Is “higher” in “hierarchy”?

Q: Years ago I had to look up a word that combined “church” and “monopoly.” I can’t remember it. Do you know the word?

A: We’d guess that your memory is playing tricks here. We know of no word—unless it’s a deliberate joke—that combines “church” with “monopoly.”

Words that end in “-poly” have to do with more earthly business—selling. For example, a “monopoly” is a market dominated by one seller; an “oligopoly” is one dominated by a few.

This word ending comes from the Greek verb polein, which means to sell. (In Greek, mono means single and oligoi means few.)

The word you’re trying to remember may be “hierarchy,” whose original, literal meaning was “sacred rule.”

It comes ultimately from the Greek words hieros (sacred) and archein (to rule). So etymologically, there’s no “higher” in “hierarchy.” 

In church matters, “hierarchy” has a different meaning from the one that’s developed in modern, secular usage.

When first recorded in English around 1380, “hierarchy,” which grew out of writings in Christian mysticism, had to do with the divisions among celestial beings.

In its earliest English sense, according to the Oxford English Dictionary, “hierarchy” meant “each of the three divisions of angels, every one comprising three orders, in the system of Dionysius the Areopagite.”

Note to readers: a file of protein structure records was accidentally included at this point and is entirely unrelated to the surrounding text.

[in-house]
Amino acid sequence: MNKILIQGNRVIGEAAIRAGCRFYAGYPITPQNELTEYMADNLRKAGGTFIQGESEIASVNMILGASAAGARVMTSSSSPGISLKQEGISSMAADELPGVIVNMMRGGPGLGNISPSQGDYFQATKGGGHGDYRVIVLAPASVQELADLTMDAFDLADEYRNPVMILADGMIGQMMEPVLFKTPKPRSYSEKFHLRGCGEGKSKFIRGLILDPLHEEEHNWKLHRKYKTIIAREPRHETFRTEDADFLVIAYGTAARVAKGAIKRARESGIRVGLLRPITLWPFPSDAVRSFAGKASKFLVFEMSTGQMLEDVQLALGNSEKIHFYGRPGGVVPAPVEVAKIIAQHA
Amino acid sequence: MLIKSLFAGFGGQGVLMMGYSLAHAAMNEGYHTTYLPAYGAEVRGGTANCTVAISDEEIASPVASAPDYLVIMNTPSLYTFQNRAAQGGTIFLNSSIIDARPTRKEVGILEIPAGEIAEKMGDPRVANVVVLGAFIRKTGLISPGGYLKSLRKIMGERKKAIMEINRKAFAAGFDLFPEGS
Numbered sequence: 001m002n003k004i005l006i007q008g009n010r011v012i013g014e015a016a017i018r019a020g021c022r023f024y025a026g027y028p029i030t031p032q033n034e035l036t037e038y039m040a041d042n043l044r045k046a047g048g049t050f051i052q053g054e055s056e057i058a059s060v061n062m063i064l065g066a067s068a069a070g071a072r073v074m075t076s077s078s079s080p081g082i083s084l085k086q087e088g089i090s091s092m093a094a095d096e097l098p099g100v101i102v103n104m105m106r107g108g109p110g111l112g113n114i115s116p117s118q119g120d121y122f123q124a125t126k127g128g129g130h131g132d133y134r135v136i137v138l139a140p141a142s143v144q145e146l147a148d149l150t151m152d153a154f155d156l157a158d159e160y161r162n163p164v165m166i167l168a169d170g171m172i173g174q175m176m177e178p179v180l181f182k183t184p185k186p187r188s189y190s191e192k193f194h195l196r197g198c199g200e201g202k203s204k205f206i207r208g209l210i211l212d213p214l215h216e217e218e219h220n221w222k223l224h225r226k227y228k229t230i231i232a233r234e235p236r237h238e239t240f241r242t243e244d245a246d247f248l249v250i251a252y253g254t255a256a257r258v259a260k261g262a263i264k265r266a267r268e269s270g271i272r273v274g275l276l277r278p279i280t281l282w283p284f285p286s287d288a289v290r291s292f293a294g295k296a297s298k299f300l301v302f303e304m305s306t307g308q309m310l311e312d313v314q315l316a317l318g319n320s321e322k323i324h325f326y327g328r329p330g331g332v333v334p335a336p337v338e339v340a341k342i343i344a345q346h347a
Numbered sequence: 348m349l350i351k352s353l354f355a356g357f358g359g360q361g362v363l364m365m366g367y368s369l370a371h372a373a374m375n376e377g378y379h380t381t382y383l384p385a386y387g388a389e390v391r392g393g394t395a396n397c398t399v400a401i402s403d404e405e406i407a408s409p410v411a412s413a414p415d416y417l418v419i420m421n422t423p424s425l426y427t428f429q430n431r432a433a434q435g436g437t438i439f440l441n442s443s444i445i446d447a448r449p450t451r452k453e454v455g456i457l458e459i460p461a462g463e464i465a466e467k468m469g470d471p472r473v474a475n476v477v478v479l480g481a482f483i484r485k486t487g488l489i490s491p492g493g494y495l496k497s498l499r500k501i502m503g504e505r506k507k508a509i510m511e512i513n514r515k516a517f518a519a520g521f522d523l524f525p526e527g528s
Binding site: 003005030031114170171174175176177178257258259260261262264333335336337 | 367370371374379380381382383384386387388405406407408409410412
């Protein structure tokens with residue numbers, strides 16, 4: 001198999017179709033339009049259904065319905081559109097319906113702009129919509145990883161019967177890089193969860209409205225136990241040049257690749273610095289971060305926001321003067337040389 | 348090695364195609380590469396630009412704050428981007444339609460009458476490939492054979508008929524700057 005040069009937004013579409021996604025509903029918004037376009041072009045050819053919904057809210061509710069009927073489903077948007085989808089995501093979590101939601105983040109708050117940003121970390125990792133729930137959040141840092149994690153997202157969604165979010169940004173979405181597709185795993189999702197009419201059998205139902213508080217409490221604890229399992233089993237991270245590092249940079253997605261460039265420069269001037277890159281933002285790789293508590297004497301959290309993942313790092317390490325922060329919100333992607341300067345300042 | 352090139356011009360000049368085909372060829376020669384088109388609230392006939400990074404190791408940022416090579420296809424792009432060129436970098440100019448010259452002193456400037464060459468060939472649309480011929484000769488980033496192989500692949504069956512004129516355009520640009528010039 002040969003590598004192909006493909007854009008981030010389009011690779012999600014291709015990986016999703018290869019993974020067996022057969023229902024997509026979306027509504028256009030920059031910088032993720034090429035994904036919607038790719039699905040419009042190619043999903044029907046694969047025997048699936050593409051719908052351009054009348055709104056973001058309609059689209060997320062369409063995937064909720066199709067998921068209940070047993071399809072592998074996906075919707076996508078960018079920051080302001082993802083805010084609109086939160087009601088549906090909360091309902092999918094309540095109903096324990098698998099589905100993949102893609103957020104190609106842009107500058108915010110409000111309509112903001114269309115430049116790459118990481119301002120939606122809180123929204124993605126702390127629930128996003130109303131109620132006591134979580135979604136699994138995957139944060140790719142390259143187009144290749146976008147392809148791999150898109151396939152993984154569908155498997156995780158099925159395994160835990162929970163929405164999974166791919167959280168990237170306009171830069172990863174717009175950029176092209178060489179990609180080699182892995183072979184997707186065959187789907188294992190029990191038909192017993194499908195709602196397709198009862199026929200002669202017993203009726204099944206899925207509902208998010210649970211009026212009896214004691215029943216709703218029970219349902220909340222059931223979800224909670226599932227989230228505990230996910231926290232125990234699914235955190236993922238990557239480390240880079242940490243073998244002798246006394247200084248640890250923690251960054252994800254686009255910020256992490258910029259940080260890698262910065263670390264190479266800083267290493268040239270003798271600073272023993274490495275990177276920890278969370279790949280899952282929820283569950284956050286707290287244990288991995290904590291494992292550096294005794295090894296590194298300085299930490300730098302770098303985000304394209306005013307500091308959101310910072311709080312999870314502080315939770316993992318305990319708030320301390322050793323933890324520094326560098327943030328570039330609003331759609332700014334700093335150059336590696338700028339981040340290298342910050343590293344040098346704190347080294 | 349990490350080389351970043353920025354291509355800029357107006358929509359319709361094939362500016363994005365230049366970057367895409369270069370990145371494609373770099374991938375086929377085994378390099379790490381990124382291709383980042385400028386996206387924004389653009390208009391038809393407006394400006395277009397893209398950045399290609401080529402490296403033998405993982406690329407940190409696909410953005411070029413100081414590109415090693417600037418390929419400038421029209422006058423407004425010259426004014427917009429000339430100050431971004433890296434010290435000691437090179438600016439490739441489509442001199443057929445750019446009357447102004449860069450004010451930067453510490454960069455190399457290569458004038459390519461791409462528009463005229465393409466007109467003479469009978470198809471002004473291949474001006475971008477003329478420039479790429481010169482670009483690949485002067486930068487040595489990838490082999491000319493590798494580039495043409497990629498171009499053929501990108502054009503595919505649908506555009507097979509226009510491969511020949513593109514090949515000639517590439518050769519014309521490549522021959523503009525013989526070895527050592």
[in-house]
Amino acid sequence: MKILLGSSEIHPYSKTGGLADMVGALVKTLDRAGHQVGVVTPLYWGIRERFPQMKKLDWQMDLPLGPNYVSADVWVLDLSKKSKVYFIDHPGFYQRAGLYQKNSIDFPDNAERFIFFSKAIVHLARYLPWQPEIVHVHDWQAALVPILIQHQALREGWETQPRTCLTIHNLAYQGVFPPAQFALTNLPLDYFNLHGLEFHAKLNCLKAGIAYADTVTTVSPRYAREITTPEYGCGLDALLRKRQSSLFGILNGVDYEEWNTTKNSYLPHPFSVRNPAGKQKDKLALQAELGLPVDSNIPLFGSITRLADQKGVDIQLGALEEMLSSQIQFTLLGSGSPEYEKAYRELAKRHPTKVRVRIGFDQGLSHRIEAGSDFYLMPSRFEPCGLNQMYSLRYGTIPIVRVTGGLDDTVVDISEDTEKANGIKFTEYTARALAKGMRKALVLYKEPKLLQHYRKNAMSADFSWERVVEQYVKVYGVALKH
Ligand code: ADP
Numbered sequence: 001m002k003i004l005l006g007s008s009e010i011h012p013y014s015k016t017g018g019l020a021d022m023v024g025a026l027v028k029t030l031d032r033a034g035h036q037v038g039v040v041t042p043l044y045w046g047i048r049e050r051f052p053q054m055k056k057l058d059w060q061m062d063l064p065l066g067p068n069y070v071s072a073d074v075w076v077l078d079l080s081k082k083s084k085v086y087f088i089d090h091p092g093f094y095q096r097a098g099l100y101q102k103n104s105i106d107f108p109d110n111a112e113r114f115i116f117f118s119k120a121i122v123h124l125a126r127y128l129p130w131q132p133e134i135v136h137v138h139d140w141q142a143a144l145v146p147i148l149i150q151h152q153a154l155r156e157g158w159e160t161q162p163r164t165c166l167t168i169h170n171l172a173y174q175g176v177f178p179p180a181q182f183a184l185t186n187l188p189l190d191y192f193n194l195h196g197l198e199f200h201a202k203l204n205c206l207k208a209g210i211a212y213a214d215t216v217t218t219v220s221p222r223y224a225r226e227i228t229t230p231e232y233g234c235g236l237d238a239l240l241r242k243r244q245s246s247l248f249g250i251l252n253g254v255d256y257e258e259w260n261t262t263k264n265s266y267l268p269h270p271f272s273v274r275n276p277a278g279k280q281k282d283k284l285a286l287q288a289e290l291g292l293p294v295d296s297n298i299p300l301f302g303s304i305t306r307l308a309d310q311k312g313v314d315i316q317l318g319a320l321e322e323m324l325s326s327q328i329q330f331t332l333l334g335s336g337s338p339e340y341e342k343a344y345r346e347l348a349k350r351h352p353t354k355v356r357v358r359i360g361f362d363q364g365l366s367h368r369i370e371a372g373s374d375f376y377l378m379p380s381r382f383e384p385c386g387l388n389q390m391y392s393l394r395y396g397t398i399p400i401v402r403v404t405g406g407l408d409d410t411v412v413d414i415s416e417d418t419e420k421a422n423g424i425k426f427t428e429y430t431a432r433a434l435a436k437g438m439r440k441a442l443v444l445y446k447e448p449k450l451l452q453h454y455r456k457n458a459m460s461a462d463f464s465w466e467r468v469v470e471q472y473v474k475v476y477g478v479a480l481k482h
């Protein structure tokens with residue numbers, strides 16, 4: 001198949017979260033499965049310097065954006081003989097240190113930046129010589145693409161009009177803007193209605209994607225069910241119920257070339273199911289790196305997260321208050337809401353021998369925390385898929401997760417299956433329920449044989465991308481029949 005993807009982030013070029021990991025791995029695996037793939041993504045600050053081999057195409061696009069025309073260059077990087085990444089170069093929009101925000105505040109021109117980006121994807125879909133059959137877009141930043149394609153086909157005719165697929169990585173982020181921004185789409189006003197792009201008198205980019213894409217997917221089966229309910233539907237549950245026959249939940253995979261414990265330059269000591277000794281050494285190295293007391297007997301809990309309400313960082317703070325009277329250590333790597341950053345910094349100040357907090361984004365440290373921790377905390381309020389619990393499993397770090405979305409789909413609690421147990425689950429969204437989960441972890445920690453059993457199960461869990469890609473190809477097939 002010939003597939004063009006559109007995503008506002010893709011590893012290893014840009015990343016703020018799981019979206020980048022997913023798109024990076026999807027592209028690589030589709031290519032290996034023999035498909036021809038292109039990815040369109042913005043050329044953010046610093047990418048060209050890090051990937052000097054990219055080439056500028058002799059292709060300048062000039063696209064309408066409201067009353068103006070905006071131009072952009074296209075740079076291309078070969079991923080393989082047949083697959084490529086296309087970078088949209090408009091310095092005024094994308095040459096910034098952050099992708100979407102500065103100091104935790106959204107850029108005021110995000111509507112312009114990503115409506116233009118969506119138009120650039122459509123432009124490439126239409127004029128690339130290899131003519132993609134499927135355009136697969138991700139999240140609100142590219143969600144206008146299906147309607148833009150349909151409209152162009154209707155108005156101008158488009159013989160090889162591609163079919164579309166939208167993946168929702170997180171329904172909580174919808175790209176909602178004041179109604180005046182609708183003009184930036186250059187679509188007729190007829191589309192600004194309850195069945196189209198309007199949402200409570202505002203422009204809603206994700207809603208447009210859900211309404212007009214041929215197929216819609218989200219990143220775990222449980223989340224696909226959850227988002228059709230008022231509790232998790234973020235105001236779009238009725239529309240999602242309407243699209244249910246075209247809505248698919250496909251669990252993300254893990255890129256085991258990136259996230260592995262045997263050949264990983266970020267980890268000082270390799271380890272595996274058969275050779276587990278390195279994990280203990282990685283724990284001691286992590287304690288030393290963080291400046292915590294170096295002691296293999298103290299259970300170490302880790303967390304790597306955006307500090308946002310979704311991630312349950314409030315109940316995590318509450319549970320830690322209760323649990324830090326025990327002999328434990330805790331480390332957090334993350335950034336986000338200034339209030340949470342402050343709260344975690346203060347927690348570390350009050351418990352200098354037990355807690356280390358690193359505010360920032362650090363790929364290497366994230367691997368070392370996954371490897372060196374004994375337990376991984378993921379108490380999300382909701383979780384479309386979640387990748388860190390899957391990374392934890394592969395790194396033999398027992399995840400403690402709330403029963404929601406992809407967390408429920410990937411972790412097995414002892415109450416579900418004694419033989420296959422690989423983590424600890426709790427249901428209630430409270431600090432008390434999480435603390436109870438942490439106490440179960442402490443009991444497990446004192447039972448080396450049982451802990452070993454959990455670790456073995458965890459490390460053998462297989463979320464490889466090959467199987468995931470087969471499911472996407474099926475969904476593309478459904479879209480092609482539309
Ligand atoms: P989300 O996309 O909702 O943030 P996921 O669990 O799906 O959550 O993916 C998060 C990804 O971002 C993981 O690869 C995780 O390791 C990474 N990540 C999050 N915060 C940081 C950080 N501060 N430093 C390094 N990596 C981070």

The word in this sense can also mean “the collective body of angels” or “the angelic host,” the dictionary says.

Elsewhere, within its entry for the word “cherub,” the OED explains that according to a fourth-century work attributed to Dionysius the Areopagite, “the heavenly beings are divided into three hierarchies, each containing three orders or choirs.”

The nine orders are seraphim, cherubim, thrones; dominions, virtues, powers; principalities, archangels, angels.

The word “hierarchy” acquired a new meaning in the mid-1500s, when it came to mean, in the words of the OED, “rule or dominion in holy things; priestly rule or government; a system of ecclesiastical rule.”

Less than a century later, in the early 1600s, it took on a more concrete meaning in the church: “The collective body of ecclesiastical rulers; an organized body of priests or clergy in successive orders or grades.”

Ralph Waldo Emerson used the word in this sense when he wrote in his book English Traits (1856): “When the hierarchy is afraid of science and education … there is nothing left but to quit.”

The modern sense of the word, defined by the OED as “a body of persons or things ranked in grades, orders, or classes, one above another,” was first recorded in the mid-1600s.

English words that end in “-archy” include “monarchy,” which is government by a single ruler, and “oligarchy,” government by a few. Other such words include “matriarchy” (literally, rule by women), “patriarchy” (rule by men), and “anarchy” (without rule).

Just as there are names for such rulers—“monarch,” “oligarch,” “matriarch,” “patriarch”—there’s a corresponding word for a sacred ruler: “hierarch.”

In ancient Greek, the word hierarches meant a chief priest or leader of sacred rites, according to the Chambers Dictionary of Etymology.

This word became hierarcha in medieval Latin and “hierarch” in English, where it was first applied to angels. Later, in the 1500s, it came to mean an ecclesiastical ruler like a pope, archbishop, prelate, and so on.

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